1. Chatsworth House, the Beatles and learning to speak Welsh

Everything is ready to go, we have paid for extra-comfortable seats for the 9-hour leg over the Atlantic and we have a 90 minute connection from American Airlines to British Airways in Dallas. Naturally, the plane is 80 minutes late and the next fight is at the far side of the airport, so we rush to the gate just in time to see the punctual British Airways 747 smugly leaving the gate on time.

American can accommodate us in a couple of hours but it is in separate, middle-of-the-row, uncomfortable seats in the cattle car area. Visions of crippling back pain for the whole trip immediately spring to mind. No thanks. So, after several hours of shuttling backward and forward from the American to the British gate and back, we score two tickets on British, the next evening, accommodated with very comfortable seats and two vouchers for a hotel and dinner.

Let no-one say anything bad about Dallas, but a whole night and day in a run-down Hawthorn suites instead of a pleasant stroll alongside the Thames in beautiful countryside is not a good exchange.

The British flight was, of course, full so we still had separated center seats. I tried to get us reassigned and was told they would try. Twice. Finally, an hour before boarding Diane took charge. Her charm got us upgraded to Business Class in adjacent lie-flat 'beds' with champagne service. Well Done Diane.



The next day everything went fine, we drove four hours to our cottage and took possession.



The weather was great so we ate our first meal on the patio. Fish and Chips, of course.



The cottage was delightful - kitchen, sitting and dining downstairs, three bedrooms with their own bathrooms upstairs.



Having slept well, the next day we began exploration. The first stop was one of my Mother's favorite jaunts - Bakewell Market which is held every Monday…



…Complete with Buskers



The next day we met up with friends from San Antonio - Nadine and Jeff - who would be staying for a few days and visited Chatsworth House. This is owned by the Duke of Devonshire (he's one of the top-flight aristocrats, not quite royalty) who also owns the village we are staying in just down the road.



The paintings…



…and the sculptures…



..and the statuary (check out the dog on the left)…



…and carvings were fabulous.



This in particular is fantastic - everything, including the veil, is in marble.



After we had traipsed through the house we explored a little of the gardens. This is a garden seat made entirely of American fifty cent pieces. It turns out that the Kennedy's were friends with the Duke, so that probably has something to do with the choice of coins.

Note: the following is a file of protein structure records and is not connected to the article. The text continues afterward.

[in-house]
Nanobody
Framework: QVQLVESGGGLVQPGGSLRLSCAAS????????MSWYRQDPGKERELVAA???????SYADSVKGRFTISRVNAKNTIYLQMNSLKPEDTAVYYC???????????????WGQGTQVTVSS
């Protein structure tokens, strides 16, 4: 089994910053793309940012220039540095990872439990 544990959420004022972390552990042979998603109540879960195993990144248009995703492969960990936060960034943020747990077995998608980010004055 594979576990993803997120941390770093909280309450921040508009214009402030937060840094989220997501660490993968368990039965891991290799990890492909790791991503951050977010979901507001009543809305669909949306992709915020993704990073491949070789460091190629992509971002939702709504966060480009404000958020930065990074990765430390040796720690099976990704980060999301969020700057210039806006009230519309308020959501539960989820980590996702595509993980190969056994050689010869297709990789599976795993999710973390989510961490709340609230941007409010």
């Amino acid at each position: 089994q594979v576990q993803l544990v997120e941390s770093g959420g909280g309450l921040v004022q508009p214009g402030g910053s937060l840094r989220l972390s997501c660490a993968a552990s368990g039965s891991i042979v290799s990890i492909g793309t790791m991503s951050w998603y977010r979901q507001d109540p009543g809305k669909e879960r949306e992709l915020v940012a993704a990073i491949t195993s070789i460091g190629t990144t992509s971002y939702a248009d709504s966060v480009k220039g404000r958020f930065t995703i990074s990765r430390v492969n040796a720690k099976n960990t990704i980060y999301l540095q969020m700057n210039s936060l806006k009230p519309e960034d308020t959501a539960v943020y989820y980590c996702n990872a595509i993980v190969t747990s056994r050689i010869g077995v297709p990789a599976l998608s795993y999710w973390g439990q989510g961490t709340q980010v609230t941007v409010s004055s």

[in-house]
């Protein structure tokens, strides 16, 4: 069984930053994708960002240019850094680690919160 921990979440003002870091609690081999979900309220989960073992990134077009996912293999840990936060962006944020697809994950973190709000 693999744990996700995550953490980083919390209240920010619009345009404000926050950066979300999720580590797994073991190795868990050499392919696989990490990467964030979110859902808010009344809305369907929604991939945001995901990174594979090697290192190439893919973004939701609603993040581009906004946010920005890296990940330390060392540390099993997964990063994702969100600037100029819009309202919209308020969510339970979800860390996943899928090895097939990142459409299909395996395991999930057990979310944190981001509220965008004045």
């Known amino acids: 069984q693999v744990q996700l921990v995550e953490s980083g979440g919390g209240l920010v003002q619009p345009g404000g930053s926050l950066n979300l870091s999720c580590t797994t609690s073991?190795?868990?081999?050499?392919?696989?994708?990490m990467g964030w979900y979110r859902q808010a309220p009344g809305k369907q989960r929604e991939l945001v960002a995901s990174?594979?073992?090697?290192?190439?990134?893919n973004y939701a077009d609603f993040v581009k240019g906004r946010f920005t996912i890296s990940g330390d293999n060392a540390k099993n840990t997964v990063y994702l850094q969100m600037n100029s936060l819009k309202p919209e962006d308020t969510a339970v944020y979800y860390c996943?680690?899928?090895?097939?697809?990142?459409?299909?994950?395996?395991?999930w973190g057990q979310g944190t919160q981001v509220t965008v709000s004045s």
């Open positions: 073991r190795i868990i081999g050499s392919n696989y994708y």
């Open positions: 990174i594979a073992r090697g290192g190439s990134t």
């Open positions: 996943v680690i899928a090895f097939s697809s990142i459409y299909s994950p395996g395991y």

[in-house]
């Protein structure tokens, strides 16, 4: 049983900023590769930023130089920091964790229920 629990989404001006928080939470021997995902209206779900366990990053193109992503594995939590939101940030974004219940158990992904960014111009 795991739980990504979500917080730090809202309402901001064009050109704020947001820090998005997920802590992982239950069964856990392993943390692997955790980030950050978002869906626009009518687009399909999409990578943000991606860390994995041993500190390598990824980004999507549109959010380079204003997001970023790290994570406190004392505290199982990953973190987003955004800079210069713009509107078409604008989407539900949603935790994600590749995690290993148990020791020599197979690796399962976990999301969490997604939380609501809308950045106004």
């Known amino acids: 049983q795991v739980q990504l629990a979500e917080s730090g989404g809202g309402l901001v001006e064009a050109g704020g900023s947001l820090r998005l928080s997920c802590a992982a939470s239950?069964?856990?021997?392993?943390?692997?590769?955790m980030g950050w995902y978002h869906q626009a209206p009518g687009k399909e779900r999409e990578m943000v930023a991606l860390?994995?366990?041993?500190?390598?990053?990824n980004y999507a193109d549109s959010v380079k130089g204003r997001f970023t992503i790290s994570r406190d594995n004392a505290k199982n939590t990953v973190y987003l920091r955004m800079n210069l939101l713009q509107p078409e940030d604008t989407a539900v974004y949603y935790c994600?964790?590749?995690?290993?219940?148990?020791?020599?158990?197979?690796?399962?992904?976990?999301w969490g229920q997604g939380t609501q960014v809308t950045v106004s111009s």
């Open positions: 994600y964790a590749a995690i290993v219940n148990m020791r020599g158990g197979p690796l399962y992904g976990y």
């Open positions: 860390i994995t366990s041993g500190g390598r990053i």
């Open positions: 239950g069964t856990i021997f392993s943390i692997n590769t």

There is a fountain…



…And a cascade. This has no pumps - it is fed entirely from a lake at the top of the hill.



This is "I've fallen and I can't get up - version 2". (For version 1 see our trip to Paris - Tuilerie Gardens)



We next took a trip to look at well dressings. This custom probably started as a pagan "thanks for the water". Christians took over the custom and for the last several hundred years have decorated with Christian themes. Now many secular themes are creeping in. This year is the hundredth anniversary of the First World War, which was traumatic for England. This well celebrates the regiment the local folk fought in. Most villages have a well and decorate it, each one on a different date.



Next day we took a trip to Liverpool. Anyone remember the Beatles? This is Jeff and Nadine.



this is the area…



Dedicated to the Beatles



Next day Jeff went to see the British Open and the other three of us went to Wales for the day. Here is Diane at the start of her favorite walk to Aber Falls



The Welsh insist on using their own language but all road signs are translated into English as well. Another example is Toiledau which translates to WC. They are also very fond of the letter "L". "Ll" sounds like a cross between "CHL" and "THL" as heard in the name of the village llanfairpwllgwyngyllgogerychwyrndrobwllllantysiliogogogoch. Click to listen



Next stop was Conway castle





…and the smallest house

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